Oh Boy Oh Girl

When I was a little boy, I had a doll named Freddy. My dear, sweet, ever-supportive mom bought it — sorry, him — for me from our local Toys ‘R Us, and he was sold under the brand name My Pal. This was either a cheap knockoff or a blond knockoff of the well-known brunette My Buddy doll that had a ubiquitous jingle in the ‘80s. (“My buddy… my buddy… wherever I go… he-e-e goes.”)

The freckle-faced, dimple-chinned, round-cheeked, button-nosed Freddy and I were inseparable. I loved that little guy for years, sitting him next to me while I played or read books. My mom even found me a kid-sized suitcase in which I kept an array of outfits for him. I had several close (human) friends as a boy, so I was very much not a lonely kid. But Freddy was my buddy at home, my pal who I could have a sleepover with every night.

I don’t know how many boys in the mid-to-late ‘80s had dolls. But I do know it must have at least been enough to prop up the seemingly profitable My Buddy empire (and the lesser My Pal sub-empire) while it competed with Cabbage Patch Kids and Pound Puppies for doll-manufacturing supremacy in the ‘80s.

I am convinced that having a little guy of my own to take care of was seminal for my early adolescent development. Being given a buddy (or pal) to dress, to hug, and to play with was formative. Therein lay the early seeds of my eventual commitment to and love of fatherhood.

35 years later, I have 2 young kids of my own. One boy and one girl. So far they have only sporadically shown interest in doll-having, although they’re each pretty enamored of their roughly 133 stuffed animals. I’ve warmly introduced them to my old pal Freddy, who is a little worse for wear (particularly his oddly receding hairline). But while the kids seem to like and respect him, they haven’t taken him under their wing just yet.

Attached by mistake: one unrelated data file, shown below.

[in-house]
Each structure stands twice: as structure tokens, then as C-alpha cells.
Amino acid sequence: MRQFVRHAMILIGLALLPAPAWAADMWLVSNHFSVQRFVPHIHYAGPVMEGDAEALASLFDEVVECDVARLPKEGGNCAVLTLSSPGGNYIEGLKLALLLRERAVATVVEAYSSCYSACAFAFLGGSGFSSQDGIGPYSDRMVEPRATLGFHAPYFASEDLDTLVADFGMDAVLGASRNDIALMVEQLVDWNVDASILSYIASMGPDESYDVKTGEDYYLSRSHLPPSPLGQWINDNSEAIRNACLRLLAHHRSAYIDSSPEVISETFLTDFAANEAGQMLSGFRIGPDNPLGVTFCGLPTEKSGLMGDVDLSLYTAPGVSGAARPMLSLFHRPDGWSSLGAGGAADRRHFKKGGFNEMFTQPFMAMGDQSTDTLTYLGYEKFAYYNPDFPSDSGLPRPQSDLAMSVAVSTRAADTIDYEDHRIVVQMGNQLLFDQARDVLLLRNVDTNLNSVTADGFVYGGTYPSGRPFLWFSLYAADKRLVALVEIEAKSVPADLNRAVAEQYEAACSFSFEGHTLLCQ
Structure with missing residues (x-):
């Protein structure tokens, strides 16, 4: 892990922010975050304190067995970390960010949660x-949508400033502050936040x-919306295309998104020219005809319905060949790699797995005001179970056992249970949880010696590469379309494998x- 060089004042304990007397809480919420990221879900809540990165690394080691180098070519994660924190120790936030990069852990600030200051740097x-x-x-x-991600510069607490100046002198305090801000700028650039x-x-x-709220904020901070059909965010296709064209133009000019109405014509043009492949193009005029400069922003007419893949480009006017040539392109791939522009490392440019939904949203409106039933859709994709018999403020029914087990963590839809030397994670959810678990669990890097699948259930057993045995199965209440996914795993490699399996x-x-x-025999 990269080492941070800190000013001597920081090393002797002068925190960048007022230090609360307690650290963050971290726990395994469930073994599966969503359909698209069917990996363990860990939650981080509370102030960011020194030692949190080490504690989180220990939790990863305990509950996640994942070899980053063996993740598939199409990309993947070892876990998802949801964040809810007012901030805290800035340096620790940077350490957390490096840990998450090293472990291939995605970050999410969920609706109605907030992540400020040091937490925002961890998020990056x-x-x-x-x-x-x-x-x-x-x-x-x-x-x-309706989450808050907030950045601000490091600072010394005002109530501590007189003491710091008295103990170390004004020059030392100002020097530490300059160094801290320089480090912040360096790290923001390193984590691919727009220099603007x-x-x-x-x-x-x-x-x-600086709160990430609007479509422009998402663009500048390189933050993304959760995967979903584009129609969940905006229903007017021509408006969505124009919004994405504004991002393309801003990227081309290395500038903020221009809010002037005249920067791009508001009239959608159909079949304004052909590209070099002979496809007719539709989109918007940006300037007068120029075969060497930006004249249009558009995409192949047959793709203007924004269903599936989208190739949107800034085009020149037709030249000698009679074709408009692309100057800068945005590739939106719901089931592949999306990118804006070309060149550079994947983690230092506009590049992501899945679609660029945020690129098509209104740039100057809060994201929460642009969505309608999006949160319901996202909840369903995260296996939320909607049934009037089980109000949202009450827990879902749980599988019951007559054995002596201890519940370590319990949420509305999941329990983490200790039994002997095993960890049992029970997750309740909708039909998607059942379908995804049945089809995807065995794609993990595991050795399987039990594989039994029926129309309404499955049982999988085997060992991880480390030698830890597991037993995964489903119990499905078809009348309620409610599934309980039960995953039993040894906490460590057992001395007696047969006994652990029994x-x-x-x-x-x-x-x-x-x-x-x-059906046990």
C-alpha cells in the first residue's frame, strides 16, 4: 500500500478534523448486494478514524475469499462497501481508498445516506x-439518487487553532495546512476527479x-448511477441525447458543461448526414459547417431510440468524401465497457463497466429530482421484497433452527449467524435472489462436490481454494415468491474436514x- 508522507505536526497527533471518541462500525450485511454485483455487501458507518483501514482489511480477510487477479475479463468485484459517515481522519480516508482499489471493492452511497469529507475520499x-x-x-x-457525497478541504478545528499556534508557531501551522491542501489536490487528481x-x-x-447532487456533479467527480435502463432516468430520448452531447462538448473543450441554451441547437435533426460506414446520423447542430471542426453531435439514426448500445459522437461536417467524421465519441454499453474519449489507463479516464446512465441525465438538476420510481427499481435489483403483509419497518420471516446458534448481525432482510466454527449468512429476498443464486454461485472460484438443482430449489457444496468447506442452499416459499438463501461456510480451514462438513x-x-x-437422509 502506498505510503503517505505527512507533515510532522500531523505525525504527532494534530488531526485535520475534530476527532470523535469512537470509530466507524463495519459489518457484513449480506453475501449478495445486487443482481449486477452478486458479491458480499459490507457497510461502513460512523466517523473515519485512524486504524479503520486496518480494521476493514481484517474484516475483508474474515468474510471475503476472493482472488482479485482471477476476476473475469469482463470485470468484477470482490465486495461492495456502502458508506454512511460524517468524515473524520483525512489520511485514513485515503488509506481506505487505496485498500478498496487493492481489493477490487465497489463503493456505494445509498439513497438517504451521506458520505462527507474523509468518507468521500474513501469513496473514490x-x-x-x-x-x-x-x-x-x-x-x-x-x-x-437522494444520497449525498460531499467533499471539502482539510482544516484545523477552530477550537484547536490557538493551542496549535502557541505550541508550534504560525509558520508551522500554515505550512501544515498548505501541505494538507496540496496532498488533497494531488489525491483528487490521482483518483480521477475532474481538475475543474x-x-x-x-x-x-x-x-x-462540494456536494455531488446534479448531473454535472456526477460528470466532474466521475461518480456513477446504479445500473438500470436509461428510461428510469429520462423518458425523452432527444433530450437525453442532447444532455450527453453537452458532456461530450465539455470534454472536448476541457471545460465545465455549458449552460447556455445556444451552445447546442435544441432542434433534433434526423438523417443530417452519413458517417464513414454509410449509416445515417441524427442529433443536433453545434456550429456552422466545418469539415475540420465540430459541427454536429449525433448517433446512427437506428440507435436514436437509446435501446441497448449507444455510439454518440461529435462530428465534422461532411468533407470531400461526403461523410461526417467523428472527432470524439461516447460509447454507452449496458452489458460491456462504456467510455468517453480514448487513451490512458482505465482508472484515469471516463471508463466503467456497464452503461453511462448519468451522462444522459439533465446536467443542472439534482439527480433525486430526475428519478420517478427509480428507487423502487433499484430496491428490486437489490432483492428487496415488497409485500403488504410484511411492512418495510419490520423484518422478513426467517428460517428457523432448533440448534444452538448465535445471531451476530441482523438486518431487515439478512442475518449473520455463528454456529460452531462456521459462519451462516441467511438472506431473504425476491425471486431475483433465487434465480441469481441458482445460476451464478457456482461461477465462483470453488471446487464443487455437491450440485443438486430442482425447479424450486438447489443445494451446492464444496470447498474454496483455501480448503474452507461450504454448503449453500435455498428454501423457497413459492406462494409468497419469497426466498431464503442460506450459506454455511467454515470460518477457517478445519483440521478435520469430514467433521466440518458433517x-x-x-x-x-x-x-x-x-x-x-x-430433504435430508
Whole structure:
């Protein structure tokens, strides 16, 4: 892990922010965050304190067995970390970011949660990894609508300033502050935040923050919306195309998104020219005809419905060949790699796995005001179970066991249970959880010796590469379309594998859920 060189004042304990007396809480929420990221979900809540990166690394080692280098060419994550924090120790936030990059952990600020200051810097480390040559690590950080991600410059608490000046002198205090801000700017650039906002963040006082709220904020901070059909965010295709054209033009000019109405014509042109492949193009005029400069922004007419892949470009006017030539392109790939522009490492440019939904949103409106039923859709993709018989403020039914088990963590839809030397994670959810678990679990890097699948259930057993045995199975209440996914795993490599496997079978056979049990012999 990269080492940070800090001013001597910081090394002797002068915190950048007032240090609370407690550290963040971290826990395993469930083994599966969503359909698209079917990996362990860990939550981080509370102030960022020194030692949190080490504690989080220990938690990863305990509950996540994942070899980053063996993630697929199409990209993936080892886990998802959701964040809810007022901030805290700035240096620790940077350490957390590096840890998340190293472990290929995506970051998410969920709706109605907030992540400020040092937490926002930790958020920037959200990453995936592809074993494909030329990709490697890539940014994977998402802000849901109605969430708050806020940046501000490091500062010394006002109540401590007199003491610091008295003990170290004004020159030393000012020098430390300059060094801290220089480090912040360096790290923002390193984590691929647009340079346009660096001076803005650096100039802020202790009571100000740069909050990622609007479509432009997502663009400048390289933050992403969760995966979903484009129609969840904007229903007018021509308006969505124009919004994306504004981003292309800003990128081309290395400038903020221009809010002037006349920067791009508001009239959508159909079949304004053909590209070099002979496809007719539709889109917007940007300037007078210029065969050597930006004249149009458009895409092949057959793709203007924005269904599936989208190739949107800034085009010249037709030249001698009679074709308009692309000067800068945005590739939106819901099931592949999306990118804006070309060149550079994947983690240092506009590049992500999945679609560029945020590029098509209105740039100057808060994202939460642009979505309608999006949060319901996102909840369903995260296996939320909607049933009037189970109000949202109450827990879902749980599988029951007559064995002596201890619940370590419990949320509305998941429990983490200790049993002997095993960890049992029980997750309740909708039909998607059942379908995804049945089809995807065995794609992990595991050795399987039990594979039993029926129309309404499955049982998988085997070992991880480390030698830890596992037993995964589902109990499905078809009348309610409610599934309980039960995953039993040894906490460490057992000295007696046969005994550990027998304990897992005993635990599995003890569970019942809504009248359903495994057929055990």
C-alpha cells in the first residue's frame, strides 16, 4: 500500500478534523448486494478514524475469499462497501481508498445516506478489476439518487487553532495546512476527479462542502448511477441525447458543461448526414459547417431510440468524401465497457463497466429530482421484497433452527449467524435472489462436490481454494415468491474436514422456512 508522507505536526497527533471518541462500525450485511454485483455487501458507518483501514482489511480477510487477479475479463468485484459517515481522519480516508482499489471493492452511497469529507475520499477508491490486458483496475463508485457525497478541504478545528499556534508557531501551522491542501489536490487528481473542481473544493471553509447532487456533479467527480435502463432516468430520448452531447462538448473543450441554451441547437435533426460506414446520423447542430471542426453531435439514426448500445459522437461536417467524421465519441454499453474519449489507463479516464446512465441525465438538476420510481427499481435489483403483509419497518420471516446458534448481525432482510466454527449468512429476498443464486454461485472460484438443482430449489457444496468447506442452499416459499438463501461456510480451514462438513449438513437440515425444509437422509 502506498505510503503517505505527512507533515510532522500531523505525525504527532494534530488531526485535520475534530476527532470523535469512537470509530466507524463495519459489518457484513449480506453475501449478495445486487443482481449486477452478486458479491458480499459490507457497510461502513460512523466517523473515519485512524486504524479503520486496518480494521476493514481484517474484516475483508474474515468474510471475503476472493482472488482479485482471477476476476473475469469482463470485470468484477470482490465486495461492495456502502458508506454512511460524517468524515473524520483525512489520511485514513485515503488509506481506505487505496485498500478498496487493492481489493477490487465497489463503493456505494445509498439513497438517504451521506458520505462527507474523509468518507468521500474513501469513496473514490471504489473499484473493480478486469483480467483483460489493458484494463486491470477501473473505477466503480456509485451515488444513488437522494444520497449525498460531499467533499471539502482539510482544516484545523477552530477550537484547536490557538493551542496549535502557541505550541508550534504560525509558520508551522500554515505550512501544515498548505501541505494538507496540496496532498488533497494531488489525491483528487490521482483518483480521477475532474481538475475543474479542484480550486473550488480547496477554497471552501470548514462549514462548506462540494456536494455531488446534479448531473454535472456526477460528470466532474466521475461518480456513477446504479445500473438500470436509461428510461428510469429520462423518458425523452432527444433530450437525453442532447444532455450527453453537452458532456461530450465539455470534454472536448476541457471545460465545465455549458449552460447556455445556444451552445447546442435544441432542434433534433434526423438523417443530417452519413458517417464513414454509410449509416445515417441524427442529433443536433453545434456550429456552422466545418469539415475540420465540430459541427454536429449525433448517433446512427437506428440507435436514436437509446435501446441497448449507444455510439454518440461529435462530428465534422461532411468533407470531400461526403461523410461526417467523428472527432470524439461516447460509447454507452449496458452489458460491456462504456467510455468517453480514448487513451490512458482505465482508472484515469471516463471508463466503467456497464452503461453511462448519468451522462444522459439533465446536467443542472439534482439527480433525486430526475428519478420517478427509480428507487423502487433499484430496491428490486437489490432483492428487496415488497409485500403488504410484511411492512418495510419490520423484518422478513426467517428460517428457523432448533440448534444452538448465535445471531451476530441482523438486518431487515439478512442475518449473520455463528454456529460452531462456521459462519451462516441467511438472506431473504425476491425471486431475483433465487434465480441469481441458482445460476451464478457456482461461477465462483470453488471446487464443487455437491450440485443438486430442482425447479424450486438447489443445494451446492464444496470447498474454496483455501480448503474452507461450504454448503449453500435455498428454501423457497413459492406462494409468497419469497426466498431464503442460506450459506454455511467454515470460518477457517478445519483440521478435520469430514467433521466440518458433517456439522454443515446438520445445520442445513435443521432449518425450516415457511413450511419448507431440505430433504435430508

Freddy, to his credit, just keeps Mona-Lisa-smiling through it all. He doesn’t appear to be as insecure or eager for attention as Woody or the other members of the Toy Story crew. I think he’s just happy to still be in the game, even if he’s now riding the pine. (Which I suppose is appropriate since the boy who took care of him for roughly 7 years would do that very thing during the entirety of his 7-year bench-warming basketball career.)

Dolls, or whatever you want to call them if that word feels gendered or off-putting, are hugely beneficial for kids. They foster a love for babies and an empathy for others in general. They give a child a sense of responsibility. They provide a feeling of companionship when the outside world doesn’t consistently provide that.

And I wish this went without saying, but it doesn’t: All of those things are exactly as vital for little boys as they are for little girls.

It is my decided opinion that gender norms and gender roles were deeply regressive (and unimaginative) in my grandparents’ era. They were a bit less regressive (and very slightly more imaginative) in my parents’ era. And for a while, it seemed like they were being reformed and reframed in our own, more progressive generation. Like we were finally getting around to reimagining these ways of seeing our children, and ourselves.

But in the last half-decade or so, it seems to me that a not-insignificant portion of our population is trying to revert us backward once again. Back to a time when girls are expected to be feminine and passive and nurturing and boys are expected to be manly and aggressive and hard.

Leaving aside the former contention for now, which I could write a whole book about, I want to explain as a father and man (and former little boy) how I feel about the latter one. The idea that boys should be tough, hard, aggressive, and above all… masculine. That word which has been misunderstood in our society beyond almost all others.

I’ll distill my thesis here as concisely as I can: Boys should be allowed to be who they are. Whatever that is. And however much, or little, that resembles any traditional or modern conception of masculinity.